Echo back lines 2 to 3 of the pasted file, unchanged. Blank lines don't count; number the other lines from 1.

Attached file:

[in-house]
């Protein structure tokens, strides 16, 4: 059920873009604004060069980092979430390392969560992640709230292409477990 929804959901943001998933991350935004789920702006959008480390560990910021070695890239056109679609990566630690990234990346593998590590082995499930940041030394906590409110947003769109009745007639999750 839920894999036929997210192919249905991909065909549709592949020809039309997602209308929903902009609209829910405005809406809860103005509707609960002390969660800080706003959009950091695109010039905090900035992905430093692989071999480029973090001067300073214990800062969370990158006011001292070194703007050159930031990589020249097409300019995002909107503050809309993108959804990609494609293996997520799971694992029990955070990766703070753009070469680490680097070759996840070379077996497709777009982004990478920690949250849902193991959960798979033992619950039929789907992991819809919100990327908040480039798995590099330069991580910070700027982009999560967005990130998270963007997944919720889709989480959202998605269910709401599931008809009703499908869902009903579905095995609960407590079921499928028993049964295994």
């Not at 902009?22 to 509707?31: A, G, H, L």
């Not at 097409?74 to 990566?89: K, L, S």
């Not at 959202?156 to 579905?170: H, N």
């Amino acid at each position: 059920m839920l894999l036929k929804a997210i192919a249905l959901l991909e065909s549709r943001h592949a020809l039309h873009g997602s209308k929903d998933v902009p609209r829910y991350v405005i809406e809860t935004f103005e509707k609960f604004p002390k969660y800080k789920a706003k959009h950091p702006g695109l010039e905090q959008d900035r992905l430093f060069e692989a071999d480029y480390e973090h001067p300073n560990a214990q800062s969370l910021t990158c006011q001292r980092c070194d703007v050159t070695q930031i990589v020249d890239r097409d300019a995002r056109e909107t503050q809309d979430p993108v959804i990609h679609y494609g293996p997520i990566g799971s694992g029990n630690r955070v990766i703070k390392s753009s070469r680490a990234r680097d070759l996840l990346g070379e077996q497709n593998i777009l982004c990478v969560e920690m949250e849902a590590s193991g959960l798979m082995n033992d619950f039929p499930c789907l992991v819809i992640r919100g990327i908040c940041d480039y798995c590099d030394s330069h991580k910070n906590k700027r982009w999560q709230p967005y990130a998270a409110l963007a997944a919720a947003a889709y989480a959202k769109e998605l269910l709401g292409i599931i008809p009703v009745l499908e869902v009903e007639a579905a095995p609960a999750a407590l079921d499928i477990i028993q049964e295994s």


């Protein structure tokens, strides 16, 4: 059920873009604004060069980092979430390392969560992640709230292409477990 929804959901943001998933991350935004789920702006959008480390560990910021070695890239056109679609990566630690990234990346593998590590082995499930940041030394906590409110947003769109009745007639999750 839920894999036929997210192919249905991909065909549709592949020809039309997602209308929903902009609209829910405005809406809860103005509707609960002390969660800080706003959009950091695109010039905090900035992905430093692989071999480029973090001067300073214990800062969370990158006011001292070194703007050159930031990589020249097409300019995002909107503050809309993108959804990609494609293996997520799971694992029990955070990766703070753009070469680490680097070759996840070379077996497709777009982004990478920690949250849902193991959960798979033992619950039929789907992991819809919100990327908040480039798995590099330069991580910070700027982009999560967005990130998270963007997944919720889709989480959202998605269910709401599931008809009703499908869902009903579905095995609960407590079921499928028993049964295994």
């Not at 902009?22 to 509707?31: A, G, H, L």